A refuge from the news of the day and a space to coorie up with a blanket, a book and your thoughts.

Materials: Donside Wych Elm, Hopetoun House Walnut

Piece: Carver Chair

Commission: Private

Photography: Tina Sorensen, Tom Addy

Made for “Adjust/Adapt” — a joint show from The Scottish Furniture Makers Association and Visual Arts Scotland held in Spring 2021. The show’s brief was to look at the furniture maker's response to the COVID-19 pandemic through design, materiality and process.

As with much of our furniture, the design of the Isolation Chair is not new, but a remake of a 19th century piece of Scottish vernacular furniture found in the Highlands and Islands of Scotland. The hooded armchair was the furniture makers response to an interior environment prone to draughts and smoky atmospheres found throughout the thatched blackhouses and crofts of pre-industrial rural Scotland — its boarded sides and top cocooning the sitter and providing some respite from the damp, cold and fog of the fire.

Our modern homes are now free from the unpleasant conditions of 19th century croft life, but with the COVID-19 pandemic we find ourselves with a new set of conditions from which to cocoon and seek respite.

Whilst the isolation chair will provide no clinical isolation from the threats of the virus, it will offer the user a refuge from the news of the day and provide a space to coorie up with a blanket and read a book, or just sit and reflect.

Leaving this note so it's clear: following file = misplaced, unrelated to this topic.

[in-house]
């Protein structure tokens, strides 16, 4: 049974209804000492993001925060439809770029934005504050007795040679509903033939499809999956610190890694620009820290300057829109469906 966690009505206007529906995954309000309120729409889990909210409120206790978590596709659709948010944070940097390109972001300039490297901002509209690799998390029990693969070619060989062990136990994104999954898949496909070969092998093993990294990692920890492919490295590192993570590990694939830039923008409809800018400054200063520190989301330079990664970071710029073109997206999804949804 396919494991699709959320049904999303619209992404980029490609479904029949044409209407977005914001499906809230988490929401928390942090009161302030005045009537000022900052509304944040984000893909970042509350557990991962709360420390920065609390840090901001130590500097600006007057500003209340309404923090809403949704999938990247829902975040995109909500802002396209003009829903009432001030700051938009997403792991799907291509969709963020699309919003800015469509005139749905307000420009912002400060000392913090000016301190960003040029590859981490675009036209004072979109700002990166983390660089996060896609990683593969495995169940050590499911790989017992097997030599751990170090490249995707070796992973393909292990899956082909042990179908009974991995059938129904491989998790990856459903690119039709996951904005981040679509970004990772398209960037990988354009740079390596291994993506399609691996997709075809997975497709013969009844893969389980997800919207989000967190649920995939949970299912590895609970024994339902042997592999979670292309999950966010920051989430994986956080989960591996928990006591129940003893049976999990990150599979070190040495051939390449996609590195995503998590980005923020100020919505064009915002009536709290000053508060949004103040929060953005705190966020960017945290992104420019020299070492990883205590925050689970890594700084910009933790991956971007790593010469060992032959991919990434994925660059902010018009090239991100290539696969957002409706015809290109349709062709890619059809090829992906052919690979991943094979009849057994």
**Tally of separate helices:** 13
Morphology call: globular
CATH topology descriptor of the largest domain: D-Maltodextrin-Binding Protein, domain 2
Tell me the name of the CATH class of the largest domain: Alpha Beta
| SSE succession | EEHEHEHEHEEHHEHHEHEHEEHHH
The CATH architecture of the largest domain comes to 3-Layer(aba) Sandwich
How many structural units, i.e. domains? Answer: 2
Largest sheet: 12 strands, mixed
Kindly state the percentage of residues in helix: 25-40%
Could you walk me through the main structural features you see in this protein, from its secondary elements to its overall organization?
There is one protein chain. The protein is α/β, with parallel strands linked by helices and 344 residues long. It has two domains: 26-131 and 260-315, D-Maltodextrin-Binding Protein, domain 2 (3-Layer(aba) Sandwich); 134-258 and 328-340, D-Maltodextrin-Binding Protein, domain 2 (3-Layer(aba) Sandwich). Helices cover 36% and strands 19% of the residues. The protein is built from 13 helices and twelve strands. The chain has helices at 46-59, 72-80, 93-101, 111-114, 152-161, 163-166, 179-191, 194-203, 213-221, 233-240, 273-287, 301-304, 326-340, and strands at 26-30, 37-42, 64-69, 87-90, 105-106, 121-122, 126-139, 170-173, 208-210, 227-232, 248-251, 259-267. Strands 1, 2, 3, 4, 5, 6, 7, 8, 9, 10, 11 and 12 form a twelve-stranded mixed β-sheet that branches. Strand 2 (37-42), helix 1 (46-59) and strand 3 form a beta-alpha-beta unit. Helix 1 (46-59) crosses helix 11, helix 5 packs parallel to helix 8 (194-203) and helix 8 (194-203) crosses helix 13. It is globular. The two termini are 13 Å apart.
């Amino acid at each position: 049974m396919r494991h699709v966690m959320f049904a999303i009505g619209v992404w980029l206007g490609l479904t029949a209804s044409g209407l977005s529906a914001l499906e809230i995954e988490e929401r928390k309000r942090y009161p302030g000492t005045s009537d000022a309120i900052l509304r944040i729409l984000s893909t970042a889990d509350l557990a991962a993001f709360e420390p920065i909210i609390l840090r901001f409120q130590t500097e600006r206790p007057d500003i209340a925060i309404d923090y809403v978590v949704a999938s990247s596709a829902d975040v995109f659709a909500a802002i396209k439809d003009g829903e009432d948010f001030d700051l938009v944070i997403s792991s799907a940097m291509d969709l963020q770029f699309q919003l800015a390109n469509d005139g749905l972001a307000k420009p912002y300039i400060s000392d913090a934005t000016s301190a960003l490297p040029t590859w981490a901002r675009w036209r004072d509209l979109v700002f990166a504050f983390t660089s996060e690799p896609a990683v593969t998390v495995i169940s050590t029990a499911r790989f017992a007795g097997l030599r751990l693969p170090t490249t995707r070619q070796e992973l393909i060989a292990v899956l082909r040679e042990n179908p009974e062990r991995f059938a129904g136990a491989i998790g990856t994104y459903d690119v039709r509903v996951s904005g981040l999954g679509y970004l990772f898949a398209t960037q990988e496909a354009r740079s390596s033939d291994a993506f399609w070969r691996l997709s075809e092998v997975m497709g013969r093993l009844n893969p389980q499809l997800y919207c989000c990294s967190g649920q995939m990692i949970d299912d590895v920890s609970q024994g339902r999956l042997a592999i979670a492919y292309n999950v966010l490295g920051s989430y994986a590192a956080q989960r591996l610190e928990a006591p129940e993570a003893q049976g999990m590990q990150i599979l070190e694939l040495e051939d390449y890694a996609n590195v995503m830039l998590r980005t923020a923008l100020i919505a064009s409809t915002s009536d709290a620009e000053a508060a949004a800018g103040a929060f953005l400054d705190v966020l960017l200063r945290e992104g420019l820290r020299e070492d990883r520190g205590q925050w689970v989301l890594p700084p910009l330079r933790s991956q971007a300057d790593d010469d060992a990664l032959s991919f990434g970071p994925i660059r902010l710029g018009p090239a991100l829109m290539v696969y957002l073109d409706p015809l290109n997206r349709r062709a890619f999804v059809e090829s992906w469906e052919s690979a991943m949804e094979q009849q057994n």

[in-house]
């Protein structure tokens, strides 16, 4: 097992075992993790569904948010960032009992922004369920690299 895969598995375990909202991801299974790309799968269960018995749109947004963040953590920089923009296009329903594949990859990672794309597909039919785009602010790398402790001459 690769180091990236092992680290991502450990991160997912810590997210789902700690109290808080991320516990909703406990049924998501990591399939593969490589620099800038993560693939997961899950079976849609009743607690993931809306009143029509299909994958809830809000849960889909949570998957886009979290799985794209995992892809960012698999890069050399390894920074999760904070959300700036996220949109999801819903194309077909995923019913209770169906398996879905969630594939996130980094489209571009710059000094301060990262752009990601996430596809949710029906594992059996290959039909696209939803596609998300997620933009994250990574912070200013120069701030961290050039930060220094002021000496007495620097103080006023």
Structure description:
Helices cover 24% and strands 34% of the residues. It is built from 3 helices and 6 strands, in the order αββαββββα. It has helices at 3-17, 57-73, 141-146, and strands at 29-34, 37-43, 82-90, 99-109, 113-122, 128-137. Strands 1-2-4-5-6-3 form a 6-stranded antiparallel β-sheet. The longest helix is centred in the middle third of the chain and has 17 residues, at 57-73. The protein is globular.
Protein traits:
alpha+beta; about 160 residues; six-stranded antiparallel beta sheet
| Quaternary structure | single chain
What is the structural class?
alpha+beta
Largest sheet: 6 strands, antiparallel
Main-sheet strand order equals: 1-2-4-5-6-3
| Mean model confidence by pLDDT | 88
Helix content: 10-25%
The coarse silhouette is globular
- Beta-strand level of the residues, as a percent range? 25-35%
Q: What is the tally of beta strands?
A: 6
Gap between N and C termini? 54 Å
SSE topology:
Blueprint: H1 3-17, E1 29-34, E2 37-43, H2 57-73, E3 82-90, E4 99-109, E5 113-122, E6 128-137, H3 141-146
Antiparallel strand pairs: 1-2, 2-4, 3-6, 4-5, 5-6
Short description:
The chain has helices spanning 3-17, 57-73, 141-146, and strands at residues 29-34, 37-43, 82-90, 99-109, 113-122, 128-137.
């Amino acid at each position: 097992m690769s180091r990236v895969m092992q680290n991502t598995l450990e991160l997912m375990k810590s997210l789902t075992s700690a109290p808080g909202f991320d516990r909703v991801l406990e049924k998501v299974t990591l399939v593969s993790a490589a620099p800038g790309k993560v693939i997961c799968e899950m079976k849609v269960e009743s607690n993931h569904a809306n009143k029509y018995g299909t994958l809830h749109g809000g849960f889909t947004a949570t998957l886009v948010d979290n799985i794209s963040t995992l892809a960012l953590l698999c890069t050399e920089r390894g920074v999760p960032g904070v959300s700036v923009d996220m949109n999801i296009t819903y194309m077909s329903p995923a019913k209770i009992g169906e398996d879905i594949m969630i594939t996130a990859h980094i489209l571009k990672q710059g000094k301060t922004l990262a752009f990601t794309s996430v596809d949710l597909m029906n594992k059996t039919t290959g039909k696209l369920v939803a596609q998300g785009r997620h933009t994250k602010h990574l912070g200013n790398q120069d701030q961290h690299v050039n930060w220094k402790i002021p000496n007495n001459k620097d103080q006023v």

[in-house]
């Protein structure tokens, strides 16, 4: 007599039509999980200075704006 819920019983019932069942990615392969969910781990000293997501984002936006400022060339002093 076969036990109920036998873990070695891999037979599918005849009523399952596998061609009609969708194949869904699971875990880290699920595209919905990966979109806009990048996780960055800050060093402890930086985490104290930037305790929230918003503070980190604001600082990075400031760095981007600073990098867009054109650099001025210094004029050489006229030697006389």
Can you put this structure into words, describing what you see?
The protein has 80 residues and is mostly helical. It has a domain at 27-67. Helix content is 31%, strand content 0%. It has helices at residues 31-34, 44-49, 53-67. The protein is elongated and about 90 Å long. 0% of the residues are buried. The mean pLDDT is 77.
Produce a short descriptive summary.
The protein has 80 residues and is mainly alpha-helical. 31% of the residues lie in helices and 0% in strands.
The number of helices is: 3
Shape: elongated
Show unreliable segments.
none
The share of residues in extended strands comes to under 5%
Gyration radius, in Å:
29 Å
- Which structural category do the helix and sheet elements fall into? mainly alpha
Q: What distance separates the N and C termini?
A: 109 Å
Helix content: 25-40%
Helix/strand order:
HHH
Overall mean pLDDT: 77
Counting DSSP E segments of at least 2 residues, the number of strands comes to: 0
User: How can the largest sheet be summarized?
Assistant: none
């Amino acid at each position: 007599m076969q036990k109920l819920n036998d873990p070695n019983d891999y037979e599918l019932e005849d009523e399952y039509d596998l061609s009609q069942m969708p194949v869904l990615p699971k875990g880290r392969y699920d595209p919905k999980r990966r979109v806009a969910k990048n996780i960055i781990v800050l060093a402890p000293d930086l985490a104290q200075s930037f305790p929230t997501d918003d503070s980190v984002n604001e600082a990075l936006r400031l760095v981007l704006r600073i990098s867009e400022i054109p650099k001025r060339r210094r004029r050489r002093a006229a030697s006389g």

TOR Isolation Chair 5
TOR Isolation Chair 11

Making furniture in the Cairngorms, we have found the time of COVID to be a help to creativity — with longer to ponder designs and to consider what is important or not. The time has reinforced the importance of the local, in materiality and design, and we have had time to study traditional designs borne of place.

The historical inhabitants of our local area used to be tied here by their work in the land and governed by the seasons. This is an existence alien to the modern age, but for a while at least it has returned through the necessity of lockdown. The furniture of the past seeming relevant once more.

The timber used for the Isolation Chair comes from two sources — a stand of elm from Strathdon in Aberdeenshire that succumbed to Dutch Elm Disease, and a bough from a walnut tree brought down in a storm at Hopetoun House near Edinburgh.

It seems fitting to use dead wood for Adjust/Adapt, to celebrate the 'life after life' that a furniture maker can afford a tree — like memories passed on through families after loved ones are gone.

TOR Isolation Chair 6
TOR Isolation Chair 9